To find community through athletics:

  • Workout in a group setting
  • Do something hard like Crossfit or long-distance running
  • If your gym or group doesn’t already do this on their own, set up group hang-outs with the members
  • Train for events like the Spartan Race with members of your gym
  • Go on trips with your gym. Members of my gym in Dallas went down to Austin Texas last year to see the Onnit headquarters and spend time floating the rivers. 

Quarantine Tips. Some of these are purely virtual but not all. Participate at your own risk, and be careful to be clean and sanitary regardless. 

  • Find a zoom-class style gym. Many group gyms are doing workouts on large zoom calls where you can see other members
  • Keep an eye out for outdoor “social-distanced” workouts. Some gyms are still doing group classes by going outdoors and having members space themselves out.
  • Do group activities with a small number of your gym members. This could mean a 3 person hike, zoom call “dinners,” etc. Do this weekly or bi-weekly and maintain your connections. 

It may seem like COVID cuts your access to group fitness, but there is plenty of opportunities still out there. Most gyms have adapted and are offering means through outdoor exercise or zoom-style classes. I strongly recommend looking for such a community, even if you haven’t done group classes before. 

The Role Of Social Media

Social media should make it easier to find connections, but it seems to make us more lonely. 

The internet acts as a sort of shadow world where interactions are often faceless. We use instant messaging, comments, and email, but our brain and body rely on a host of other factors when it comes to communicating and forming bonds. 

At the most rudimentary level, we rely heavily on voice inflection during communication. Body language is a big factor as well, and smell plays a huge role in your attraction to other people. 

Finally, Oxycontin receptors in our skin mean that physical touch is a major component in relationship building and feelings of wholeness.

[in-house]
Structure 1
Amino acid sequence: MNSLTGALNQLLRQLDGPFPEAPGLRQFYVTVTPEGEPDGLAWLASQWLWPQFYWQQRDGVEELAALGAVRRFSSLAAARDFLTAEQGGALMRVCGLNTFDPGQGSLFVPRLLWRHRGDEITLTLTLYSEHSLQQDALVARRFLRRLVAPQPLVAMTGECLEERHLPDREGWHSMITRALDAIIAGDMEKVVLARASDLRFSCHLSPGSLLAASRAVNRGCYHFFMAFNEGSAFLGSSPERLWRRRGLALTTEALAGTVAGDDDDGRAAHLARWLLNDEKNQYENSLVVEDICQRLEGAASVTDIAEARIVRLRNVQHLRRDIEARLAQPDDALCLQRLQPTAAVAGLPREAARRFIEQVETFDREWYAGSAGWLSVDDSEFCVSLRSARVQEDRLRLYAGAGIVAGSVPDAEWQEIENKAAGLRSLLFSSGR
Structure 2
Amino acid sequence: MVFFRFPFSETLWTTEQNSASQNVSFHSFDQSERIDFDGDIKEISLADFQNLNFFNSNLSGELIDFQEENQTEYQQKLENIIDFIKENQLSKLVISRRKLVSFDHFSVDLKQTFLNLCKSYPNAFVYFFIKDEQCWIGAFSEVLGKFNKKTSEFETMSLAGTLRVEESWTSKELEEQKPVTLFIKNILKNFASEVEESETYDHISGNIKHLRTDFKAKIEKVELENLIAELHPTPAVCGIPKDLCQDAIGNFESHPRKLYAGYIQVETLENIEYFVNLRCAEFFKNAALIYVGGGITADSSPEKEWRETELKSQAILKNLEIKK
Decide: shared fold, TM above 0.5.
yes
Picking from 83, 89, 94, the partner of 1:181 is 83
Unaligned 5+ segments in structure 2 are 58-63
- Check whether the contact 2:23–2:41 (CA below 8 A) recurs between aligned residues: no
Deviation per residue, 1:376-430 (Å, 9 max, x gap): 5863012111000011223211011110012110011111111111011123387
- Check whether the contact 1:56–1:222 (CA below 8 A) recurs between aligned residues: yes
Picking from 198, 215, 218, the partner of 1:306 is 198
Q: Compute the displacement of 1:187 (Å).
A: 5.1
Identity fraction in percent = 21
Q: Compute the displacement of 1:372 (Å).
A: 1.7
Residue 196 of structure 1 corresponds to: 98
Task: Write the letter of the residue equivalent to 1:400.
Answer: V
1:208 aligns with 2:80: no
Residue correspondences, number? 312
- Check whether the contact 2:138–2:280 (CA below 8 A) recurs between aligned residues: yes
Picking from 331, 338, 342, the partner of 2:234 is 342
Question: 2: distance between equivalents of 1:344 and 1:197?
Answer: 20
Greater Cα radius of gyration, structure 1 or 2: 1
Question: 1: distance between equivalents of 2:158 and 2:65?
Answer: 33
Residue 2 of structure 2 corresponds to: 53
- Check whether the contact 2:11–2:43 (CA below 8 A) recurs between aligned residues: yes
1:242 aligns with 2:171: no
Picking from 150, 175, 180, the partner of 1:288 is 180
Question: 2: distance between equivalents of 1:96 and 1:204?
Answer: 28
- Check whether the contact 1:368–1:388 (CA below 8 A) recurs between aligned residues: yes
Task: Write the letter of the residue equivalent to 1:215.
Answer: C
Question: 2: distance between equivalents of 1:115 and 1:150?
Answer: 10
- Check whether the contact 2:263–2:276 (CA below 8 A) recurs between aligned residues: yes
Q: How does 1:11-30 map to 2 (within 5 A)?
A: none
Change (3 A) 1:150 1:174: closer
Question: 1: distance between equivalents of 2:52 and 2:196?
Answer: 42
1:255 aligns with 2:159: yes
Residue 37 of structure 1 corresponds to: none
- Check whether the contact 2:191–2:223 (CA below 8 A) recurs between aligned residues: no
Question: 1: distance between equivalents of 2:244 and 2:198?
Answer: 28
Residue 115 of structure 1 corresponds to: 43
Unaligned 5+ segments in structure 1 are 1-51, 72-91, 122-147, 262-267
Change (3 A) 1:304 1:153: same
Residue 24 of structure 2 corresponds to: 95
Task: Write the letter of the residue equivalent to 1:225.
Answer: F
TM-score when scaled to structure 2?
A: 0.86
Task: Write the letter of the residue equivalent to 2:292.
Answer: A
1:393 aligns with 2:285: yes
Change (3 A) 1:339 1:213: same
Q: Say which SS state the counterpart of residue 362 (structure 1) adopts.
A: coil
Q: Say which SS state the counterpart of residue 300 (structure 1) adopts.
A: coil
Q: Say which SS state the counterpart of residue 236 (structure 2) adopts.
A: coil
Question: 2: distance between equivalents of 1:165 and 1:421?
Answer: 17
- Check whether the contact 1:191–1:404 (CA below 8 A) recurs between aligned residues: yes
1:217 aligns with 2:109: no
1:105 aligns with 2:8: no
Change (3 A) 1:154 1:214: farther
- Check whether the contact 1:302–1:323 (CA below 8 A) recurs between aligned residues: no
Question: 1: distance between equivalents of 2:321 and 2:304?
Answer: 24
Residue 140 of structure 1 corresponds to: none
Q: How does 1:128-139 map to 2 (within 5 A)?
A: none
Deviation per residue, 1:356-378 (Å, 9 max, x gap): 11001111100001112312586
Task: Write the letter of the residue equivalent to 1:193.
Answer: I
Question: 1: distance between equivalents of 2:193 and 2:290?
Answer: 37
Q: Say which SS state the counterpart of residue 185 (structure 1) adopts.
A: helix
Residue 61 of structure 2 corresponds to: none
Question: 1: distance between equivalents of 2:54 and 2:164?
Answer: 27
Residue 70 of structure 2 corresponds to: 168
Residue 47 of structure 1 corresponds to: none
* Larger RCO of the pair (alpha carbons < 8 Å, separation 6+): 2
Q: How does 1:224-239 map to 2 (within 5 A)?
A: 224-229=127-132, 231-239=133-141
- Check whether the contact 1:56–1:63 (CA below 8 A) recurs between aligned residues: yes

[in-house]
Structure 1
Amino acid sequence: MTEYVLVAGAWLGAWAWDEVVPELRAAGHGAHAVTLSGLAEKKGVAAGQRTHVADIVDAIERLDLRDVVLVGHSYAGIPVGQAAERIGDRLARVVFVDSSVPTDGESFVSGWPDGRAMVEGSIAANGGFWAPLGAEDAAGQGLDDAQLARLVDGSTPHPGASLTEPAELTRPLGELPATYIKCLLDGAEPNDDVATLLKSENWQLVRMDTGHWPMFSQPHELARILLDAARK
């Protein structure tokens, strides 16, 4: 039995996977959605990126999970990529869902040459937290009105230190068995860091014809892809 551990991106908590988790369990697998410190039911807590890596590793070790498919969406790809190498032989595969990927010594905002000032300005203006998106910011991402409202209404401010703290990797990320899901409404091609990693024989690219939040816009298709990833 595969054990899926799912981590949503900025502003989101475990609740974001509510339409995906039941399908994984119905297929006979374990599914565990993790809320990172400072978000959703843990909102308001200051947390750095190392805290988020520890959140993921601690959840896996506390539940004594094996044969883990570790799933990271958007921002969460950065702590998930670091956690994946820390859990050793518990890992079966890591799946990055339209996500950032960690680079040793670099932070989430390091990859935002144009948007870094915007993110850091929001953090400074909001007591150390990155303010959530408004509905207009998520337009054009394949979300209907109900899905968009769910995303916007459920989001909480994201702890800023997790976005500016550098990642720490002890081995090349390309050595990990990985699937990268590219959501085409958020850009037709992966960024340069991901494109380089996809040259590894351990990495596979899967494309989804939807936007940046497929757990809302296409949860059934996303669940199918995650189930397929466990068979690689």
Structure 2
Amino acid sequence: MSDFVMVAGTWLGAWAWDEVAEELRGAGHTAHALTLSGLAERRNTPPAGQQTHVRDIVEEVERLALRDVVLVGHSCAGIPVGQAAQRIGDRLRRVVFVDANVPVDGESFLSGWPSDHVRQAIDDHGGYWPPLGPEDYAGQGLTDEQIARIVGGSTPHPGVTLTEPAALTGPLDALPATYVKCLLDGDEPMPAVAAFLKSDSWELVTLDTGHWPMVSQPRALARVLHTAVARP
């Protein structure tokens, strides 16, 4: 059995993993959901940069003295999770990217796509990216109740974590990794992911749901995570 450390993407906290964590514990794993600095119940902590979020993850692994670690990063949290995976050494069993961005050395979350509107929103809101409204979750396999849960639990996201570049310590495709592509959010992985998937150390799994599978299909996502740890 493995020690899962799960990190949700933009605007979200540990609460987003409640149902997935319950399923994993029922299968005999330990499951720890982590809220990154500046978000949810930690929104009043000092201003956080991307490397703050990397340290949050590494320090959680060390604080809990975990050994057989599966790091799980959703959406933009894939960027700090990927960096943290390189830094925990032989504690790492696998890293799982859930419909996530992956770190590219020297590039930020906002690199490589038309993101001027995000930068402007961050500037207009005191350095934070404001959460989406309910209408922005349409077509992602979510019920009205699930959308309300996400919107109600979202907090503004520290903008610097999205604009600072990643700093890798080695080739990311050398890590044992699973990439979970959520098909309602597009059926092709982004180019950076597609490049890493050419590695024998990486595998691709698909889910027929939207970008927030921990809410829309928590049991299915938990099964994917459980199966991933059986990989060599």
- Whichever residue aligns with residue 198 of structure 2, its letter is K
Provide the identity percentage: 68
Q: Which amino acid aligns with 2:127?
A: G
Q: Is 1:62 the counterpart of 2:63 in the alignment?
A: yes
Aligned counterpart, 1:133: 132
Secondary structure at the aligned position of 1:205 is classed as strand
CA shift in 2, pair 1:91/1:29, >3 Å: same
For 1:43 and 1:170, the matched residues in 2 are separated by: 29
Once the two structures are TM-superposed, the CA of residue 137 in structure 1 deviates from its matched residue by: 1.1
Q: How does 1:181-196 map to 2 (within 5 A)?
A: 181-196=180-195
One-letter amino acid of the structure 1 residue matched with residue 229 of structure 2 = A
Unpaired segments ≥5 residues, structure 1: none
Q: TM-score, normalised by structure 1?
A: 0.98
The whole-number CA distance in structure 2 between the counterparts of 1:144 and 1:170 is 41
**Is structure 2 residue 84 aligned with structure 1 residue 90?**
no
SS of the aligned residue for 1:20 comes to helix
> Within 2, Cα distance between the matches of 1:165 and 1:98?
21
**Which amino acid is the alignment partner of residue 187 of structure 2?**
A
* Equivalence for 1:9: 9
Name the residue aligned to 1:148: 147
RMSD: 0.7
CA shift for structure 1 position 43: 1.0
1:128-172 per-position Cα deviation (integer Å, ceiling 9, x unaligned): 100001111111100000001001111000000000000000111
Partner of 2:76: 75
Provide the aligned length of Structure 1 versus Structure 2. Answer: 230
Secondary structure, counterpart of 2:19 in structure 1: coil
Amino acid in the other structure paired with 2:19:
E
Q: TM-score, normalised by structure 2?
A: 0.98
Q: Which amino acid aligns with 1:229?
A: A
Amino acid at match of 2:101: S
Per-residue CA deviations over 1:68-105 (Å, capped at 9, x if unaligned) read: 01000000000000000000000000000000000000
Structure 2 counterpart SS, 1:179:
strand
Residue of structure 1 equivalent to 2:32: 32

Lastly, we are best suited for groups of no more than 150 people. Social animals such as primates have a limit to the number of other members of their species they can maintain stable relationships with. Robin Dunbar set out to discover this number in humans, and the figure he arrived at (about 150) is now known as Dunbar’s number. 

Social media, on the other hand, connects you with potential thousands and millions. This strains our social abilities. On top of this, most of our interaction is through text.

Smart-phone use has been correlated with increasing loneliness, as well as anxiety, depression, and addiction.

How do you combat this hyper-connected world? For one thing, you can be more cognizant of your device use. The relationships you form and maintain online are not providing you the same power as face-to-face interactions. Now, we currently live in the era of COVID, so we’ll have to make do with some level of device-based interaction. 

However, to improve your relationships and lower loneliness, I suggest following these tips. 

  1. Call as much as possible. Avoid texting whenever you can. Sure, it’s very convenient, but you miss out on voice inflection which is a major component of communication. Try using phone calls as much as possible. 
  2. Put your phone on airplane mode. A common practice among the highly efficient is to put their phones on airplane mode except for a few set times during the day. Basically, they cut off access to the internet except for a couple of times for “batch” emailing and calling. 
  3. Have a technology “Sabbath.” Another great practice is to have one day a week when you don’t use any phones or devices/screens. I know it sounds scary, but this technique is only difficult until you experience it. I also suggest having a week-long Sabbath at least once a year, if not once a quarter. I offer one exception to this rule, for the sake of planning meet-ups: You can use a landline or a flip-phone, which brings me to my next tip. 
  4. Go back to a flip phone. Sebastian Junger, the author of Tribe, uses a flip-phone. Over the years, I’ve met many people who have returned to the simple, app-less device. Some of them don’t even have the ability to text. Using a flip phone as your main device is a great way to maintain your ability to communicate for work, etc. without the distraction of the world wide web. 

Altruism & Compassion

Two hands holding to represent community and altruism
Photo by Austin Kehmeier on Unsplash

Having access to group fitness is a great way to find community, but this alone is not enough to truly combat loneliness. Altruism, compassion, and for lack of better words, love, are huge factors in your health and wellbeing. 

Love is one of the strongest shared traits of Blue Zones peoples. For those who don’t know, the blue zones are 5 regions where people tend to live inordinately long lives. Dan Buettner, who identified these zones, writes extensively about the common habits of these peoples.